As mentioned above, both HubSpot and WordPress offer many options if you're a coder. However, the two CMS options are quite different from a non-developer point of view. If you want to change text on a page, swap out an image, or even just change the colors of something, depending on your choice of CMS you're either in for smooth sailing or a day of rough seas (and some queasiness).
HubSpot CMS is designed with non-developers in mind, so simple content updates are a lot simpler and more intuitive. They also offer a free training course - CMS for Marketers - that's designed for non-developers (don't let the name fool you - it's helpful for sales, customer support and management as well.)
Likewise, adding modules to a page - like a 2-column section, image grid, slider, form, etc. - is easy and will automatically look good, without any coding required. You also have more no-code options for swapping out colors on a specific page. For example, you're typically able to change buttons, headings and form field colors right within the content editor for any given page.
You might still need to get a developer involved for site-wide design changes - like updating a menu, changing logo colors on the site or design elements that aren't available via modules.
Short version: adding new pages, editing an existing page's text or images, or swapping out colors is easy for non-developers in HubSpot. Modules are set to match a design and are easy to add. More complex or site-wide changes will still need to go through a developer.
WordPress offers lots of customization and control. However, the trade-off is that it's generally not as easy for non-developers to make changes. Depending on the website's design, content changes like swapping out a word or image can be straightforward or require a developer to execute.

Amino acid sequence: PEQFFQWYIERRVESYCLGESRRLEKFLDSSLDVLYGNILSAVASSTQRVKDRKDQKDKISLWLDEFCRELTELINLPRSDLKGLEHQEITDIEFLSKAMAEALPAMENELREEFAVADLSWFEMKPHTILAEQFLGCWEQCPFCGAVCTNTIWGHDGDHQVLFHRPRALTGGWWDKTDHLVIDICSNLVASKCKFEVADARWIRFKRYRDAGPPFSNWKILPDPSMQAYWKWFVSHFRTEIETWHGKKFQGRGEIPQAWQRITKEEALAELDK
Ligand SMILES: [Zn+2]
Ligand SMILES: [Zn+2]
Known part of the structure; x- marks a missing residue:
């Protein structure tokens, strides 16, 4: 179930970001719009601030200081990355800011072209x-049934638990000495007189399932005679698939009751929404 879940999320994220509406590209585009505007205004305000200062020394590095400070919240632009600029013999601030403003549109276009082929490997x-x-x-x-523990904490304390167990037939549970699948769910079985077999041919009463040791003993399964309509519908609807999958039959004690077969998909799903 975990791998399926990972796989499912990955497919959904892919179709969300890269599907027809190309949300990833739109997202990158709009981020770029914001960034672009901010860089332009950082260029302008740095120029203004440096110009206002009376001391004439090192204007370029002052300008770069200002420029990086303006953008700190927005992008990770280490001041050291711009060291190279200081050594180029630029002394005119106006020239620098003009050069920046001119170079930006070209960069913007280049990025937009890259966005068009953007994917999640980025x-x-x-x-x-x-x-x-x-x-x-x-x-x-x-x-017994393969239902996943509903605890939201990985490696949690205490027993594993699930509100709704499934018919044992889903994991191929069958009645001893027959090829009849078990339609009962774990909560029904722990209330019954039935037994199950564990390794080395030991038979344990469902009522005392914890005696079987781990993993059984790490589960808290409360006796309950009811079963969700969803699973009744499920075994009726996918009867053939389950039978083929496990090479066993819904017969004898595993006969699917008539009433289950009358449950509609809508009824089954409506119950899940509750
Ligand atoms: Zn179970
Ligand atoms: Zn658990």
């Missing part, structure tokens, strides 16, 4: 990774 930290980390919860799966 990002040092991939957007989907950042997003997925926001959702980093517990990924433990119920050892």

WordPress does have a drag-and-drop module editors like HubSpot, however, that functionality often doesn't work smoothly with most custom layouts. Items like buttons, headings or form fields will have default styling that, depending on how the site is built, will either override any changes you might make on a page or not appear by default and require you to figure out to make your pages match the rest of the site. Plus, all the extra code required for drag-and-drop design adds a MASSIVE amount of code, complexity and headaches to the site. Most site builders dramatically slow down the site's they're used with.
Short version: most WordPress designs will make it easy for non-developers to update text or imagery on a page-however, some designs may limit that functionality and require a developer. Modules are typically more complex and may require a developer to ensure consistent design. Site-wide changes will still need to go through a developer. Drag & drop on WordPress = slow sites.
→ Related Content: Which is Better for SEO: HubSpot or WordPress?
Analytics & Reporting